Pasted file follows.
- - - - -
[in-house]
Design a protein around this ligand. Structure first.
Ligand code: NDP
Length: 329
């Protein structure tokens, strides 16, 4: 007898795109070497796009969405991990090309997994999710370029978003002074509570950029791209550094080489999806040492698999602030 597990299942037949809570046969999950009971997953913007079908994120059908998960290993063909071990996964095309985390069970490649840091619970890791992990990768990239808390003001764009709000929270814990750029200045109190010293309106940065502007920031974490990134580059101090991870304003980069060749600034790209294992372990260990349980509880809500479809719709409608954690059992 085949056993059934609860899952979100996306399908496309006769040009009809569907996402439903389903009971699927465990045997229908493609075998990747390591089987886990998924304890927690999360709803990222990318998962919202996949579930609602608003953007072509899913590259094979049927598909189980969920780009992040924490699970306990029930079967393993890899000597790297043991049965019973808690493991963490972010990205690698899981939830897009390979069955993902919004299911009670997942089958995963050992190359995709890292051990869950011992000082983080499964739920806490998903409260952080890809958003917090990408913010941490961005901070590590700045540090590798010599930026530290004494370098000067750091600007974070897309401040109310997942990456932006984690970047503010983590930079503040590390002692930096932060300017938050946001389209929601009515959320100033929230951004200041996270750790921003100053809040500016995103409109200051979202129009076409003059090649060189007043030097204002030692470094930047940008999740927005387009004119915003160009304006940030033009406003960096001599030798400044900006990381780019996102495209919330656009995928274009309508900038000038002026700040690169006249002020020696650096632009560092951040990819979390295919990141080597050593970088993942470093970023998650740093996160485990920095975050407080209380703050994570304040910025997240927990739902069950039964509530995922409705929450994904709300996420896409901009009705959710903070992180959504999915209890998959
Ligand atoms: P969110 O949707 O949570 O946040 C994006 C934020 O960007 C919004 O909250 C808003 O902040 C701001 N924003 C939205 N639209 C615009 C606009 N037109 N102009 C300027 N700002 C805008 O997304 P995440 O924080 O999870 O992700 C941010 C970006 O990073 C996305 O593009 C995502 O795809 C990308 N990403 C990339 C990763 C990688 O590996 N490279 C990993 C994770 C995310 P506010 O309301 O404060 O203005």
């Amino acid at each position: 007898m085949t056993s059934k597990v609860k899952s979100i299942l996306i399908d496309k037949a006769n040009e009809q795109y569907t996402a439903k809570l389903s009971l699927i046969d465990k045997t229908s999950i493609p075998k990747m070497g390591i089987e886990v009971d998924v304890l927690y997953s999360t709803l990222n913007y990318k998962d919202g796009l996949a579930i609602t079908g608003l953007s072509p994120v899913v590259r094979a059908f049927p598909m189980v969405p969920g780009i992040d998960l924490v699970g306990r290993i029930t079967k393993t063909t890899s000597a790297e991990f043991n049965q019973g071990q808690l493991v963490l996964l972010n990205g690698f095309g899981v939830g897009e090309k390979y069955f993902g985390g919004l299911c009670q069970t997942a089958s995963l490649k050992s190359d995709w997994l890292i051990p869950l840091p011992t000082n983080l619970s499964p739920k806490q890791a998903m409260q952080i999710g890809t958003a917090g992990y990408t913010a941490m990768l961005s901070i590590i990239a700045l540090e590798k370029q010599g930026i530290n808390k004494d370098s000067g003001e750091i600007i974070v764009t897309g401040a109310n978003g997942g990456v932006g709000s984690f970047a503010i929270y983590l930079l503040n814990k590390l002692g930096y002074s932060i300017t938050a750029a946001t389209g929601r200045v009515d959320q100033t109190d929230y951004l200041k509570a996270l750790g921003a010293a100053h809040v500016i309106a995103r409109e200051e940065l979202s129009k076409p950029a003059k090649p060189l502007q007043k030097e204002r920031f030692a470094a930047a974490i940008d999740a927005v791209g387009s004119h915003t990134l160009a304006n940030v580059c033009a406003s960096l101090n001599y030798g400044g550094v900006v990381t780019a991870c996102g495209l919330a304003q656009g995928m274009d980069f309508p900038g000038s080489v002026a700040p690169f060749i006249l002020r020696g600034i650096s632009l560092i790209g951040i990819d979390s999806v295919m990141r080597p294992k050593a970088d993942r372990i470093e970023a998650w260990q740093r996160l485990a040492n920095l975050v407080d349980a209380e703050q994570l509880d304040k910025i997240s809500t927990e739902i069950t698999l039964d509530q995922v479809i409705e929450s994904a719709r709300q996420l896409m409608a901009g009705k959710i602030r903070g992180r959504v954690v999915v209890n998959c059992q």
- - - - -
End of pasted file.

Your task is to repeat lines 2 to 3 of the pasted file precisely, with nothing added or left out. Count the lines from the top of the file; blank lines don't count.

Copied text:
Design a protein around this ligand. Structure first.
Ligand code: NDP